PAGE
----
Affirmative Action is Gone. What's Next?

Affirmative Action is Gone. What's Next?
Photo by Moses Malik Roldan / Unsplash


On June 29, the United States Supreme Court delivered a significant blow to affirmative action in a ruling that has left many Asian Americans grappling with conflicting emotions. The Court's decision in the cases of Students for Fair Admissions v. Harvard College and Students for Fair Admissions v. the University of North Carolina (UNC) effectively ended the use of race as a factor in college admissions. While Asian Americans played a central role in shaping the outcome of the case, their sentiments toward the ruling are multifaceted and nuanced.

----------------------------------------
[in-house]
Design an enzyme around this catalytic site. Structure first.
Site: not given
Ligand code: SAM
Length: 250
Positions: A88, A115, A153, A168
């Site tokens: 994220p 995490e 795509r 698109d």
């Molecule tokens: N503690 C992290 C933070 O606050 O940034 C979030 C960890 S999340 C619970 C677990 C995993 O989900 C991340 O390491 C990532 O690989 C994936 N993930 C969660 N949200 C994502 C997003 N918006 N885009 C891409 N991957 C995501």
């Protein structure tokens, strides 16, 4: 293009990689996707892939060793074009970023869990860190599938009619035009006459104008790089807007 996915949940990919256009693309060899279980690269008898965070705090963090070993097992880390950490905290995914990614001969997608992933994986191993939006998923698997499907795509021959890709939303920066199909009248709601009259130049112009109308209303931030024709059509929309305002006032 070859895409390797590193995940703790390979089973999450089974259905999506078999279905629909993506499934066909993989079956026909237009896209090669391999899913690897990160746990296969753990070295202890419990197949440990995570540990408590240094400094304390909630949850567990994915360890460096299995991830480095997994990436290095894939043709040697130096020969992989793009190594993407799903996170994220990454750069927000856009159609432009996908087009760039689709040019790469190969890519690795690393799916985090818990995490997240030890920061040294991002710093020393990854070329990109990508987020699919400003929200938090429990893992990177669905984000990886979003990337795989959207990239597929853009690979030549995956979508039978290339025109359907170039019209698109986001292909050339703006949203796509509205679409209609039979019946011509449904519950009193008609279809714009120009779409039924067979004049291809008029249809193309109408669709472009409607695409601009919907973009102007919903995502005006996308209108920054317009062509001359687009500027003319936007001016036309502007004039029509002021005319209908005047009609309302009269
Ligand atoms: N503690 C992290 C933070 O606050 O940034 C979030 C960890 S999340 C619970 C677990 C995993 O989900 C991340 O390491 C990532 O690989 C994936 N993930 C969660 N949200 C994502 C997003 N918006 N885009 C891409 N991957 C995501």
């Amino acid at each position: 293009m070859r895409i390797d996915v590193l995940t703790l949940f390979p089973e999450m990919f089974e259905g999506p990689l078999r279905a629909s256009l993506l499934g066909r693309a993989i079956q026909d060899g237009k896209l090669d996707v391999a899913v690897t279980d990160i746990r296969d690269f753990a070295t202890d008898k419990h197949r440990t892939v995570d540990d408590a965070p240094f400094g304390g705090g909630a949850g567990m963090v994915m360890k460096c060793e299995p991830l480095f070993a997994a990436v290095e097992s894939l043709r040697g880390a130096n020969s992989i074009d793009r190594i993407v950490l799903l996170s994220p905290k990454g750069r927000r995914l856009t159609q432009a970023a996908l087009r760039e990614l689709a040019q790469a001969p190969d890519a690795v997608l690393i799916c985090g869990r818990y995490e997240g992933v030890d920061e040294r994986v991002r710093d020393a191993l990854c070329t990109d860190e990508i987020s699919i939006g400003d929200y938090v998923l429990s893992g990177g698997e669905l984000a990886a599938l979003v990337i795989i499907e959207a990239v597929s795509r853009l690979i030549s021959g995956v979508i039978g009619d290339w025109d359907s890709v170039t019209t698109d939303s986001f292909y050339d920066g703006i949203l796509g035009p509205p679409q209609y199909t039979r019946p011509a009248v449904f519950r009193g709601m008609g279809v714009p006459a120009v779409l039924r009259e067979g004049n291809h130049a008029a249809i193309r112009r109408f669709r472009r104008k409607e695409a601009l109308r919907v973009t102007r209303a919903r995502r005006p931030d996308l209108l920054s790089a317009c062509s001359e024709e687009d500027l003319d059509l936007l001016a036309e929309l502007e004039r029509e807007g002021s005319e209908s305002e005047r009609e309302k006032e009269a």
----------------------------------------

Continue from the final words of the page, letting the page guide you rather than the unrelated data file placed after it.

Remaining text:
The Supreme Court's Verdict

In a 6-3 ruling against UNC and a 6-2 ruling against Harvard, the Supreme Court found that the universities' admissions systems, which considered race as a factor in applications, violated the Equal Protection Clause of the 14th Amendment. Chief Justice John Roberts, speaking for the majority, argued that the programs lacked clear and measurable objectives that would justify the use of race in admissions. The majority further contended that these practices inadvertently perpetuated negative racial stereotypes. Justice Sonia Sotomayor dissented, expressing concerns that the decision would set back decades of progress and foster racial segregation in higher education.

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